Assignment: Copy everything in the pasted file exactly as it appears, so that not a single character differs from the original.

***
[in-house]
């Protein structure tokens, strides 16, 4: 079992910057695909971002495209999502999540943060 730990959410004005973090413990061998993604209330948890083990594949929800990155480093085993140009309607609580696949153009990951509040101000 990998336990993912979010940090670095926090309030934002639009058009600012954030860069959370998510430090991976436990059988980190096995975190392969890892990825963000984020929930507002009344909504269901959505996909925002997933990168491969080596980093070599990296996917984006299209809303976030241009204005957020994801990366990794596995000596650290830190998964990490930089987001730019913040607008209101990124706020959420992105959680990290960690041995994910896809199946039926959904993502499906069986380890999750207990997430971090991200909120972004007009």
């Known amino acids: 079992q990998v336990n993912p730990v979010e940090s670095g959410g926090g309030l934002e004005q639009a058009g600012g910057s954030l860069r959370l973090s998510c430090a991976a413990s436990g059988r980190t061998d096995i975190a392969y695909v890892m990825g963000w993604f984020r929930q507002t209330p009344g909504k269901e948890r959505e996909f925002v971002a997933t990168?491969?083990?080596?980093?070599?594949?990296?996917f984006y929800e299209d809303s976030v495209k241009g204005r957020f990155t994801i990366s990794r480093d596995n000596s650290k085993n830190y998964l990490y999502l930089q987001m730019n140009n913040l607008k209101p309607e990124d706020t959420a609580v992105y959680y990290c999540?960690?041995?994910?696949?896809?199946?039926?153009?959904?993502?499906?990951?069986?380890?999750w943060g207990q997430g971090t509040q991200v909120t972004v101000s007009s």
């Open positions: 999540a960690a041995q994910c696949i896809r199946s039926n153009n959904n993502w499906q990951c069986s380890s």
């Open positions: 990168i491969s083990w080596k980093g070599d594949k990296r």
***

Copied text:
[in-house]
């Protein structure tokens, strides 16, 4: 079992910057695909971002495209999502999540943060 730990959410004005973090413990061998993604209330948890083990594949929800990155480093085993140009309607609580696949153009990951509040101000 990998336990993912979010940090670095926090309030934002639009058009600012954030860069959370998510430090991976436990059988980190096995975190392969890892990825963000984020929930507002009344909504269901959505996909925002997933990168491969080596980093070599990296996917984006299209809303976030241009204005957020994801990366990794596995000596650290830190998964990490930089987001730019913040607008209101990124706020959420992105959680990290960690041995994910896809199946039926959904993502499906069986380890999750207990997430971090991200909120972004007009």
């Known amino acids: 079992q990998v336990n993912p730990v979010e940090s670095g959410g926090g309030l934002e004005q639009a058009g600012g910057s954030l860069r959370l973090s998510c430090a991976a413990s436990g059988r980190t061998d096995i975190a392969y695909v890892m990825g963000w993604f984020r929930q507002t209330p009344g909504k269901e948890r959505e996909f925002v971002a997933t990168?491969?083990?080596?980093?070599?594949?990296?996917f984006y929800e299209d809303s976030v495209k241009g204005r957020f990155t994801i990366s990794r480093d596995n000596s650290k085993n830190y998964l990490y999502l930089q987001m730019n140009n913040l607008k209101p309607e990124d706020t959420a609580v992105y959680y990290c999540?960690?041995?994910?696949?896809?199946?039926?153009?959904?993502?499906?990951?069986?380890?999750w943060g207990q997430g971090t509040q991200v909120t972004v101000s007009s």
């Open positions: 999540a960690a041995q994910c696949i896809r199946s039926n153009n959904n993502w499906q990951c069986s380890s």
């Open positions: 990168i491969s083990w080596k980093g070599d594949k990296r």